Veterinarian angered by government dog killings in Tunisia

Veterinarian treats dog in her clinic in Tunisia
Tunisian veterinarian and founder of an animal shelter, Raoudha Mansour, checks a dog, in Nabeul, Tunisia, credit: Reuters/Jihed Abidellaoui

“The lack of civility, we’ll remain a third world country…for 40 years you’ve (the government) been practicing these acts and without solutions,” veterinarian Raoudha Mansour said on Facebook on Wednesday about the Tunisia’s insistence on killing stray dogs as a way to control the population.

Mansour added that there are other methods like Trap-Neuter-Release (NTR) to control stray animal populations.

In late July, several Tunisian cities started campaigns to kill stray dogs. “The worsening of the phenomenon of stray dogs was studied, and we the need to find solutions to treat it, ensuring the safety of citizens and tourists and maintaining the aesthetics of the capital,” the Tunisian government said.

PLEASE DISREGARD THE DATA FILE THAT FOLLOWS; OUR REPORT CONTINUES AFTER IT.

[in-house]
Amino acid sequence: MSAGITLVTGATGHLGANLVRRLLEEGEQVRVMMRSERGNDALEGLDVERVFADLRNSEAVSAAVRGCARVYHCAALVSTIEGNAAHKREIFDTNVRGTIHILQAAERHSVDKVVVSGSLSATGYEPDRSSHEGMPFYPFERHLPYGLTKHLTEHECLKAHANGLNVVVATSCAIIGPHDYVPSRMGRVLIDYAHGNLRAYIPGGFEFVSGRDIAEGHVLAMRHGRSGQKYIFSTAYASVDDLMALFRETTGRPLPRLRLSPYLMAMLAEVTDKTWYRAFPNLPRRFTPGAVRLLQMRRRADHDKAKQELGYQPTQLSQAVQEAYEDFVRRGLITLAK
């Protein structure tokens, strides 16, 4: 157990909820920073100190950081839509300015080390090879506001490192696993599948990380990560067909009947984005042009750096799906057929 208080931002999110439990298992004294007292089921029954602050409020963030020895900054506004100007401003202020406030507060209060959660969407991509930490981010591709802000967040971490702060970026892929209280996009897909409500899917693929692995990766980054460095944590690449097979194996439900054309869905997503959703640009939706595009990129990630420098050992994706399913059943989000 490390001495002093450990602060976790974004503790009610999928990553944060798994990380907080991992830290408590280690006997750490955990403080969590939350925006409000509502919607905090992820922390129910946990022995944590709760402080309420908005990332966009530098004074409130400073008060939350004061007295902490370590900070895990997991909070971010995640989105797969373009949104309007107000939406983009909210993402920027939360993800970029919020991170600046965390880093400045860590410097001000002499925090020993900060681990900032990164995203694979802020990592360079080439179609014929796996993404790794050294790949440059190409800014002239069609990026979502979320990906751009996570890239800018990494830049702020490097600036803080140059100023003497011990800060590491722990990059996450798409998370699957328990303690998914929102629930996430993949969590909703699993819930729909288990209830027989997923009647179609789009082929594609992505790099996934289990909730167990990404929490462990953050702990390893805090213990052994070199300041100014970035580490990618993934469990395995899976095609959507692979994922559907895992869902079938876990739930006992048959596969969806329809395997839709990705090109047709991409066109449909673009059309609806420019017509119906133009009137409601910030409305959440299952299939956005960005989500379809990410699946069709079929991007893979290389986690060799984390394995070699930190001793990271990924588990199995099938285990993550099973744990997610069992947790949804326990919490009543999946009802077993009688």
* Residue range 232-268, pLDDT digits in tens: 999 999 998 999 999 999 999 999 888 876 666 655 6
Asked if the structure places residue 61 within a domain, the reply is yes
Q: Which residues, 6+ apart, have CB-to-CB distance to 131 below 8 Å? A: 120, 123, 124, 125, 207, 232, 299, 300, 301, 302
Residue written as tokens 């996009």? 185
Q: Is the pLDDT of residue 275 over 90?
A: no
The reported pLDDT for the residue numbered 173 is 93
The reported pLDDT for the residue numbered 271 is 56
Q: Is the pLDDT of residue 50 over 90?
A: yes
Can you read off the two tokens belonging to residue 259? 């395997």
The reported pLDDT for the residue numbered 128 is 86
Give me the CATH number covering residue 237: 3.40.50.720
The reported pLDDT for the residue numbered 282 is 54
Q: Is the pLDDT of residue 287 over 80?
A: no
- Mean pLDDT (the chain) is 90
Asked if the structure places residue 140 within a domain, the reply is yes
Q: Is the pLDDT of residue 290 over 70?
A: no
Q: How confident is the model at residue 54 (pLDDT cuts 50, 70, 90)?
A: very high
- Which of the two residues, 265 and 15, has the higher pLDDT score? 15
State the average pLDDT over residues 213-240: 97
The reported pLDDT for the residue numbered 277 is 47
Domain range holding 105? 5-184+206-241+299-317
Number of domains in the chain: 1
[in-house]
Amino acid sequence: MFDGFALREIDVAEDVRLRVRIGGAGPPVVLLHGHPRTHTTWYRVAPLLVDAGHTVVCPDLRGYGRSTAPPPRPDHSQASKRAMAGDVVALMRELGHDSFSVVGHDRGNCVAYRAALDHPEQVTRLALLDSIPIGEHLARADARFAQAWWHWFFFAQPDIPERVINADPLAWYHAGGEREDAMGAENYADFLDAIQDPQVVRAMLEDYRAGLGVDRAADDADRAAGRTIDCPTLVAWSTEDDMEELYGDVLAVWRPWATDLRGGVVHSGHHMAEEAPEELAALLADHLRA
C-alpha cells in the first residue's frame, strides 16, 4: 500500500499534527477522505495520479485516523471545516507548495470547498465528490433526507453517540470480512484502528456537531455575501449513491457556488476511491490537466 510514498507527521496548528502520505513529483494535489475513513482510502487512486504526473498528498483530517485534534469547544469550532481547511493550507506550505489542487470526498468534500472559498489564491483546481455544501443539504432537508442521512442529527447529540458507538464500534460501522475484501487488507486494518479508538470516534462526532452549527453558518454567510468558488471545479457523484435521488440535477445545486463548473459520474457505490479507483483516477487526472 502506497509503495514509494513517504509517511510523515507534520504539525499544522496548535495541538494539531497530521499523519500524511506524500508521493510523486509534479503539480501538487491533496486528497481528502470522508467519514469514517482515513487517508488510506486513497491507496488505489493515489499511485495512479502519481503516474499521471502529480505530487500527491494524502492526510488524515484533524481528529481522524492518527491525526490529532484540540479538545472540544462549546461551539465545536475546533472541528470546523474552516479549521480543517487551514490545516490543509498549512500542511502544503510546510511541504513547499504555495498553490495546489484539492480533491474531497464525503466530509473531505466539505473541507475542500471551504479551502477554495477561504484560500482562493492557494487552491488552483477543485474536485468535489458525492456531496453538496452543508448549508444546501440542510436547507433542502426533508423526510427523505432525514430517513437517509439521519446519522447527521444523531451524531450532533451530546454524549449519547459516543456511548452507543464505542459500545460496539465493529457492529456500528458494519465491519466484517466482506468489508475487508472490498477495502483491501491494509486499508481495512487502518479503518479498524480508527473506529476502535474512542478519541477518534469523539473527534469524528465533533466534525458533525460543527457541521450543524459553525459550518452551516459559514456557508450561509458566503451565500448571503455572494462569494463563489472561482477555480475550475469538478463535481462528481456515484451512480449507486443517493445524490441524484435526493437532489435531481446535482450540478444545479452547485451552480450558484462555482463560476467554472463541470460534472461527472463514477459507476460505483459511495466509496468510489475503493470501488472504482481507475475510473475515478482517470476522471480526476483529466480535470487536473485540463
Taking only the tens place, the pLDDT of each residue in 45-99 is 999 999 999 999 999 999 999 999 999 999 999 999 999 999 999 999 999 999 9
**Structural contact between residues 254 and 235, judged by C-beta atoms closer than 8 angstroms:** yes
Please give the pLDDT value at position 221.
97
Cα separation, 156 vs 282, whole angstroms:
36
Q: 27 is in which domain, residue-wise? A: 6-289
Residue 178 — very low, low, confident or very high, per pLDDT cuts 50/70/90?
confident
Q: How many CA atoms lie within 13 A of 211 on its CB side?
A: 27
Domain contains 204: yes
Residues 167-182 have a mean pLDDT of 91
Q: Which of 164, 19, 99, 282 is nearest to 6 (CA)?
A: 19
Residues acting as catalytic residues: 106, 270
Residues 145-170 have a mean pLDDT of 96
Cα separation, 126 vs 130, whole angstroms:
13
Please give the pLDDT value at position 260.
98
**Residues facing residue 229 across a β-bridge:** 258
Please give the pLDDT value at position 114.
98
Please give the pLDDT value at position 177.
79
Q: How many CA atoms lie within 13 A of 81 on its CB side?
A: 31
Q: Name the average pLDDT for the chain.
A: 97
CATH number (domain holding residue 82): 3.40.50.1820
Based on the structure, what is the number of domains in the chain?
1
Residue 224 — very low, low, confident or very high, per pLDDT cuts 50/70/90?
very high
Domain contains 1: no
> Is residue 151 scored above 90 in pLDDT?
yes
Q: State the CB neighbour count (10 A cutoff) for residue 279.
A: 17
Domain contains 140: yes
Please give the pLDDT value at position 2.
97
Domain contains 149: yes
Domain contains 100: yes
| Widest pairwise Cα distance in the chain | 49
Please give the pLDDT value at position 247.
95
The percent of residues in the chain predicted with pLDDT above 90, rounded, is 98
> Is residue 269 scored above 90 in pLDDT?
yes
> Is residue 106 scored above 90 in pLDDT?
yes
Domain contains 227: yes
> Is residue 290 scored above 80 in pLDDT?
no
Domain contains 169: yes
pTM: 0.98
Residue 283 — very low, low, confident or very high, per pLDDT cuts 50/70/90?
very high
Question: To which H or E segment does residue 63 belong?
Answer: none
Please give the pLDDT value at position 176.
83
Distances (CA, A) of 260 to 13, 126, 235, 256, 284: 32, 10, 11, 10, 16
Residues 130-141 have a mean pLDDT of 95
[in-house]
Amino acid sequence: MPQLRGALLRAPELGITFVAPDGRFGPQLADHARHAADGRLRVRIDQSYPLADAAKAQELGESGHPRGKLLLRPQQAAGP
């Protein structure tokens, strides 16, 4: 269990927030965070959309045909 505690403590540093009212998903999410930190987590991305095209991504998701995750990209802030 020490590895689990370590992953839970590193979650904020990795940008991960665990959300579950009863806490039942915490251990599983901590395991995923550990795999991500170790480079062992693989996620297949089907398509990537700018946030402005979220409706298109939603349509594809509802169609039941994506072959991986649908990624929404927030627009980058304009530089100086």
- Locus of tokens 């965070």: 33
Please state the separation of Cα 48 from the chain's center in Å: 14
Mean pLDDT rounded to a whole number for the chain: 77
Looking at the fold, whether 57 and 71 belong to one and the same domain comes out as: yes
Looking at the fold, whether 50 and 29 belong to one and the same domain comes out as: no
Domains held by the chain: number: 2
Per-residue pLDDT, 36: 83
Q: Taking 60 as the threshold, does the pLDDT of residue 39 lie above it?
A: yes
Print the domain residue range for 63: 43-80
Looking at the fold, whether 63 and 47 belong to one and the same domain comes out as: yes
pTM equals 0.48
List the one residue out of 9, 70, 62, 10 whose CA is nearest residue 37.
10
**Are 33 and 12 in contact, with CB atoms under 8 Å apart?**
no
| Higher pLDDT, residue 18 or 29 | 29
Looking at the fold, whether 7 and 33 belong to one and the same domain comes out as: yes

Since 2007, Mansour has turned her home in the Tunisian city of Nabeul into a shelter to save dogs and cats from the threats of death and human violence. She hosts around 150 cats and 25 dogs.

Mansour said stray animals in Tunisia are badly mistreated by citizens and the government, which rounds up dogs and kills them in “collective sniping operations.”


“This is a bad thing. These animals have a soul and have the right to live with us,” Mansour told news agency Reuters. “Not because man controls the earth, we can kill these animals.”

“There are a lot of difficult cases that come to me, like you’d find a dog bleeding from everywhere while he is alive, crying, and I would say, where is the compassion? Where are the compassionate hearts?” she added.

“We need a lot of shelters because there are a lot of animals on the streets, and they are suffering. Someone has to take care of them, and the state should open shelters at least,” Mansour explained. “You can open shelters, and the rest will be taken care of by the people who want to help.”

Animal welfare organisations donate food and medicine to Mansour, and her friends created an organisation called ‘Doctor Mansour’s Support Association’ to fundraise for the shelter.

   

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